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Panel agrees on need to charge domestic natural gas users more

Panel agrees on need to charge domestic natural gas users more
PTI
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First Published: Wed, Mar 23 2011. 05 50 PM IST
Updated: Wed, Mar 23 2011. 05 50 PM IST
New Delhi: An inter-ministerial panel on Wednesday agreed on the need to charge more from users of domestic natural gas so that imported LNG can be made affordable.
The inter-ministerial committee, headed by Planning Commission advisor (energy) Sunanda Sharma, on Wednesday held the first meeting on subsidizing costlier imported LNG (liquefied natural gas) by making consumers of cheaper domestic natural gas pay more.
“The meet discussed the need for such a move and all except the representative of power ministry agreed on the need,” a source privy to the deliberation said.
The power ministry wanted more discussion on the rational to average out or pool price of costlier imported LNG with cheaper domestic gas, the source said.
More deliberations will follow and various sub-groups on working out modalities, tax implications, etc, will be formed.
The panel was constituted after Petronet LNG, India’s largest liquefied natural gas importer, contracted LNG from Australia at a price that is four times the rate at which most of the natural gas produced from domestic field is sold.
Australian LNG, which is to be imported at Petronet’s under construction Kochi terminal in Kerala from 2014, is indexed at 14.5% of crude oil price -- the loading price at Australian port will be $14.5 per million British thermal unit at $100 a barrel oil price.
After adding $1-1.2 per mmBtu towards cost of shipping, the gas in its liquid form in cryogenic ships to Kochi, 5% customs duty ($0.77 per mmBtu) and cost of converting the LNG into its gaseous state, the gas ex-Kochi will cost about $17 per mmBtu.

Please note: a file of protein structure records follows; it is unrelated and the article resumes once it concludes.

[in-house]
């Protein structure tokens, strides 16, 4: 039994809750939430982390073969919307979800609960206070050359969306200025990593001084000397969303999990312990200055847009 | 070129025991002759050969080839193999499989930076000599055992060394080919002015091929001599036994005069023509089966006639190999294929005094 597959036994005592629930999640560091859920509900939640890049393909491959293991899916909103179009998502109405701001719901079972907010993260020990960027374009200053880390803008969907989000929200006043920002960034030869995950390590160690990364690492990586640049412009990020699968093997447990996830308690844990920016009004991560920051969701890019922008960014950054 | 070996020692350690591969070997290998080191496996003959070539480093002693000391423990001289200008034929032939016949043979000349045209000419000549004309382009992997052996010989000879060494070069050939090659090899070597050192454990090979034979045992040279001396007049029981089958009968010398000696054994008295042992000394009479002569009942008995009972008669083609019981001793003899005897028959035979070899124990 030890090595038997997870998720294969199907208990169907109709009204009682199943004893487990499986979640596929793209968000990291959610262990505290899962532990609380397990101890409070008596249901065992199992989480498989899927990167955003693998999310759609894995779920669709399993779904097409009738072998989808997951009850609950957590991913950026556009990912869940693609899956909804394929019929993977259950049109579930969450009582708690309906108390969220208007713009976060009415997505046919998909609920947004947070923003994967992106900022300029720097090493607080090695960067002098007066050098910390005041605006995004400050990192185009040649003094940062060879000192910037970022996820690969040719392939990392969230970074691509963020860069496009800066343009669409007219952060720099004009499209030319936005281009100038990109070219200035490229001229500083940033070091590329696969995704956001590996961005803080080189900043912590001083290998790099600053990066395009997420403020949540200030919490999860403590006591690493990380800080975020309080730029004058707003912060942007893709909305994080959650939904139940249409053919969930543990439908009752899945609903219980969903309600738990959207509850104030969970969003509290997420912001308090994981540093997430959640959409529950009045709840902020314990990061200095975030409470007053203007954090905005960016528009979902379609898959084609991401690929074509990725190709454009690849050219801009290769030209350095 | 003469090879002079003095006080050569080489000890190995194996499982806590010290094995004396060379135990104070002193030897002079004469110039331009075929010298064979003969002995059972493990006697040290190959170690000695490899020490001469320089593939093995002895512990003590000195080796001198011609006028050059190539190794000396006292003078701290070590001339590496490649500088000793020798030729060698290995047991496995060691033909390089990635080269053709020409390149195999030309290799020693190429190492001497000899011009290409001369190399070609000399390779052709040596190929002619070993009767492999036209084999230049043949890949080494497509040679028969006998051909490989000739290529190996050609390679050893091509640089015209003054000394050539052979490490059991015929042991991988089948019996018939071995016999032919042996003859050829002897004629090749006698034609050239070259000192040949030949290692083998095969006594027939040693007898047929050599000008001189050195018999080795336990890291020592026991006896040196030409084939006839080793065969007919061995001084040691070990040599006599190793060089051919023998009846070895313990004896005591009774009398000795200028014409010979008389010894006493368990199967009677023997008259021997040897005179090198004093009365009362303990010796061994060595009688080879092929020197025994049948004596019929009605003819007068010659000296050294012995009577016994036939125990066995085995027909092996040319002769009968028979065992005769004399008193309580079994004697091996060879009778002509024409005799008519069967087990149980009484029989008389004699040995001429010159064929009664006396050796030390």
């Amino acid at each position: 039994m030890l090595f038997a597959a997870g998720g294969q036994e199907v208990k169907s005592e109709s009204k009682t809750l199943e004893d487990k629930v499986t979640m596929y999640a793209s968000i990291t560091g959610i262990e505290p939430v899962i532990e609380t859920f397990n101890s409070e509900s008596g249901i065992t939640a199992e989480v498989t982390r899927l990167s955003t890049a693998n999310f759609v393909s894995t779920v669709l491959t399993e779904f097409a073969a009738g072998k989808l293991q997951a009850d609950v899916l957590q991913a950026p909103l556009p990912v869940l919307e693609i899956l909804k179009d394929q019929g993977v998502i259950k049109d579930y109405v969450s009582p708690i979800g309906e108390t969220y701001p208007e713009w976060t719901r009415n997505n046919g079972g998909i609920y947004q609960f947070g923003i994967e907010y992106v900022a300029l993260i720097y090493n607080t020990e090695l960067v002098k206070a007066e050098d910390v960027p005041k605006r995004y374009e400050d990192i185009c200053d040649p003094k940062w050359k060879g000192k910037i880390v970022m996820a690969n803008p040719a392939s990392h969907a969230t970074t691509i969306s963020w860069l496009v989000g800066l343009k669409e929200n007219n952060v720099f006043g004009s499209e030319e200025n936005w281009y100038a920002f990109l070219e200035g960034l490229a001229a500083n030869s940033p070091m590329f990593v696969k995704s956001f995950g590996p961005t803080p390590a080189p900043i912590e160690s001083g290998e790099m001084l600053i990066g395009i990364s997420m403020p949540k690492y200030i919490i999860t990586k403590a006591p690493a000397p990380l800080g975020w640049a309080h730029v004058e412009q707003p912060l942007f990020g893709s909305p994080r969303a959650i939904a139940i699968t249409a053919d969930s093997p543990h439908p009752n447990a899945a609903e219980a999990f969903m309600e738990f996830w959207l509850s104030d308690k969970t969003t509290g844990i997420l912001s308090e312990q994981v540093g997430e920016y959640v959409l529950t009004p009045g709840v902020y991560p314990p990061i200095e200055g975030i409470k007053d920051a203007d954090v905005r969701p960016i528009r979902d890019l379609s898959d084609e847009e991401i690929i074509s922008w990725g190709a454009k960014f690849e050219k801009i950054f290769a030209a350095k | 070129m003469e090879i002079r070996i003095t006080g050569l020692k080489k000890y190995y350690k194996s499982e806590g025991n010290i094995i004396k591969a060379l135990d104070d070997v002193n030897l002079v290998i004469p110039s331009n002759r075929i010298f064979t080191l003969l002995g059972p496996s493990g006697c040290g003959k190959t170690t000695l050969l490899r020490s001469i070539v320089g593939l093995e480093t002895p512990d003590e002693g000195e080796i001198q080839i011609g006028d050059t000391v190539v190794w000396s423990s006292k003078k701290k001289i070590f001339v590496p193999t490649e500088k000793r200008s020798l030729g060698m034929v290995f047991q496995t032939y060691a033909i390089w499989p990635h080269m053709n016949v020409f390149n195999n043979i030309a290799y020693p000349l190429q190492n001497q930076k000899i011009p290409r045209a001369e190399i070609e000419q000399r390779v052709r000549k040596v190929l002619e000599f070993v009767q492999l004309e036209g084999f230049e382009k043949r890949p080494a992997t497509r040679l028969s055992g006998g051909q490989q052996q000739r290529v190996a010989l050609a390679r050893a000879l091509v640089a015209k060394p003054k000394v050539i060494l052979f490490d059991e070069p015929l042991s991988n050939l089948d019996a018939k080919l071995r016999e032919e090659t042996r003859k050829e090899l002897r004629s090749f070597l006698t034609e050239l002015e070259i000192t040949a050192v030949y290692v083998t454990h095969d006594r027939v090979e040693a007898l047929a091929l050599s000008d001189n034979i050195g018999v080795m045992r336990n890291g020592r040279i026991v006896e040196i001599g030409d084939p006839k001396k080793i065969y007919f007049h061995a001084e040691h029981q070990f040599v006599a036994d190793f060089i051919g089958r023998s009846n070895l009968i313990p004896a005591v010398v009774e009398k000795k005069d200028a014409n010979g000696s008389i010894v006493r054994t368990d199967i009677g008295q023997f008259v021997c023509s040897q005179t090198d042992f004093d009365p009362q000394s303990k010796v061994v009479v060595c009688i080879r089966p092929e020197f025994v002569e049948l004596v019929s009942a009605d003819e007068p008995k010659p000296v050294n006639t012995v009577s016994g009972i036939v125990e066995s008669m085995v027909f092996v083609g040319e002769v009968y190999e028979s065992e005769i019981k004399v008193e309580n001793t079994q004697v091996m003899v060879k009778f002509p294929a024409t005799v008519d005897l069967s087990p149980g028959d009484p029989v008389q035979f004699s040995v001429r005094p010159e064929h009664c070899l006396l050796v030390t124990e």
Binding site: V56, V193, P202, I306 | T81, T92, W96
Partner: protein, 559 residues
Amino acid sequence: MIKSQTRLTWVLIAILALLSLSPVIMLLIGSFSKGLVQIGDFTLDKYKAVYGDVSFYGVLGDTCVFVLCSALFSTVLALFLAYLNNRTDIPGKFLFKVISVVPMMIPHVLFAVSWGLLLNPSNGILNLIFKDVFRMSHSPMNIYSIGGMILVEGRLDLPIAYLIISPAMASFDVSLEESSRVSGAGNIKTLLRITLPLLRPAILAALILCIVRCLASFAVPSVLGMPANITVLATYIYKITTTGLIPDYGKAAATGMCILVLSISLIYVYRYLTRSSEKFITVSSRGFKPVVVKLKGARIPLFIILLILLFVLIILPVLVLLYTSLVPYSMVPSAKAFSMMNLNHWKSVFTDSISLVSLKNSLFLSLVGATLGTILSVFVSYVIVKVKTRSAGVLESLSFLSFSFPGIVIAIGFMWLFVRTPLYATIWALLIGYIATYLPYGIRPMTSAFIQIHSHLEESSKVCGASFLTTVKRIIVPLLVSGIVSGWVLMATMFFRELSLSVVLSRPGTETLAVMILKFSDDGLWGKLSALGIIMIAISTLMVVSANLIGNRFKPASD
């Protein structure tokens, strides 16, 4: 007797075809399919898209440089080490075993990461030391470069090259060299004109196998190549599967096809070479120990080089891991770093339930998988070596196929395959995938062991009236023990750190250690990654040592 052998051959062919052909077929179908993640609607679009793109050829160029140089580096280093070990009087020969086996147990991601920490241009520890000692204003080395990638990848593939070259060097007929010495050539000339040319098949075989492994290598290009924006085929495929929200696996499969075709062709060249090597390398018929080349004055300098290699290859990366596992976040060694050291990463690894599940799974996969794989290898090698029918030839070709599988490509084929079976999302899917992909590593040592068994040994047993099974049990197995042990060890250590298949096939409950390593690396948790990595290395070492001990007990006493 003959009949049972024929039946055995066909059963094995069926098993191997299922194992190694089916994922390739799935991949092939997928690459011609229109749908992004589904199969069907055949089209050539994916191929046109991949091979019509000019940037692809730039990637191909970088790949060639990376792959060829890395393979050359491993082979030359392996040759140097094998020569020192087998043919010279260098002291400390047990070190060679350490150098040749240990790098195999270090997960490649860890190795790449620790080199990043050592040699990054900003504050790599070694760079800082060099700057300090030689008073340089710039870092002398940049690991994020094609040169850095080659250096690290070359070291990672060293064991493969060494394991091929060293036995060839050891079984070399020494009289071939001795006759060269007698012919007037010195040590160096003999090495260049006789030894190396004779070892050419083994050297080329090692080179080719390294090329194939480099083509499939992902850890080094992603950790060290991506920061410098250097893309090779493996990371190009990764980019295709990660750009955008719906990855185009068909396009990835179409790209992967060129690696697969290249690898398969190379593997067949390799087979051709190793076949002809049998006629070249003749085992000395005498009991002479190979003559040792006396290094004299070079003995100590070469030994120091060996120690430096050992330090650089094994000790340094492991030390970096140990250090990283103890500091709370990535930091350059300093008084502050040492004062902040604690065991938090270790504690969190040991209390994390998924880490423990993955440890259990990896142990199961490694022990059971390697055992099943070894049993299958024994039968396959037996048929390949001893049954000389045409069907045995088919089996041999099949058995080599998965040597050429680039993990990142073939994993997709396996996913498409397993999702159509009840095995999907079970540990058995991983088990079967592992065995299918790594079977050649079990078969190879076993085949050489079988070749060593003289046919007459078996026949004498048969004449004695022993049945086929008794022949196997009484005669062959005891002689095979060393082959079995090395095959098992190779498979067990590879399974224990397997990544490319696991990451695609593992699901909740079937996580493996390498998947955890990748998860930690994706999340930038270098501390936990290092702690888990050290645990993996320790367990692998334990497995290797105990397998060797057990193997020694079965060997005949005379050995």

This compares to $4.2 per mmBtu price of majority of gas, the source said, adding the panel will suggest how these two prices can be pooled or averaged out to make the gas affordable to power and fetilizer units in Kerala.
However, the constitution of the committee has come in for questioning by some quarters, who say inclusion of officials of Petronet, a private company, and state-owned gas utility GAIL are a conflict of interest.
Petronet and GAIL, which is a promoter of Petronet and principal marketer of the Australian LNG, are naturally inclined towards price pooling.
Instead, upstream regulator DGH (Directorate General of Hydrocarbons), they say, should have been co-opted as member of the committee so as to detail the implication and complication of such proposal on contracts of the fields awarded under new exploration licensing policy (Nelp).
The panel includes representatives of power, fertilizer, finance and oil ministries, GAIL India chairman, Petronet CEO, Petroleum and Natural Gas Regulatory Board secretary and Oil and Natural Gas Corp (ONGC) director finance.
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First Published: Wed, Mar 23 2011. 05 50 PM IST